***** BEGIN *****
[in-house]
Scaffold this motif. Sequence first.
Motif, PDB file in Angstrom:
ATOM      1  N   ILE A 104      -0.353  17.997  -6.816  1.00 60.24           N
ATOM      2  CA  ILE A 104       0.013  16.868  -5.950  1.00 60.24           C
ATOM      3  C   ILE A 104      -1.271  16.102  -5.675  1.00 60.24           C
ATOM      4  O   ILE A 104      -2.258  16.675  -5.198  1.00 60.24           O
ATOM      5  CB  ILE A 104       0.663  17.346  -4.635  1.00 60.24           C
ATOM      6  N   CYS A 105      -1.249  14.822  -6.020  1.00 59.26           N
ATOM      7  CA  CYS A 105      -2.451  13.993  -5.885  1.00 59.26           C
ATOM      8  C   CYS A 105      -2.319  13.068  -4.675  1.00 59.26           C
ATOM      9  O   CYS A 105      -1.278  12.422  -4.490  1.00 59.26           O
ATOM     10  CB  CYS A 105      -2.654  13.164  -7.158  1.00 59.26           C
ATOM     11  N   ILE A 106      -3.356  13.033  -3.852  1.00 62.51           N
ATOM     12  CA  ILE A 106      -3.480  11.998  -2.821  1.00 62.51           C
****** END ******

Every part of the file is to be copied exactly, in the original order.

[in-house]
Scaffold this motif. Sequence first.
Motif, PDB file in Angstrom:
ATOM      1  N   ILE A 104      -0.353  17.997  -6.816  1.00 60.24           N
ATOM      2  CA  ILE A 104       0.013  16.868  -5.950  1.00 60.24           C
ATOM      3  C   ILE A 104      -1.271  16.102  -5.675  1.00 60.24           C
ATOM      4  O   ILE A 104      -2.258  16.675  -5.198  1.00 60.24           O
ATOM      5  CB  ILE A 104       0.663  17.346  -4.635  1.00 60.24           C
ATOM      6  N   CYS A 105      -1.249  14.822  -6.020  1.00 59.26           N
ATOM      7  CA  CYS A 105      -2.451  13.993  -5.885  1.00 59.26           C
ATOM      8  C   CYS A 105      -2.319  13.068  -4.675  1.00 59.26           C
ATOM      9  O   CYS A 105      -1.278  12.422  -4.490  1.00 59.26           O
ATOM     10  CB  CYS A 105      -2.654  13.164  -7.158  1.00 59.26           C
ATOM     11  N   ILE A 106      -3.356  13.033  -3.852  1.00 62.51           N
ATOM     12  CA  ILE A 106      -3.480  11.998  -2.821  1.00 62.51           C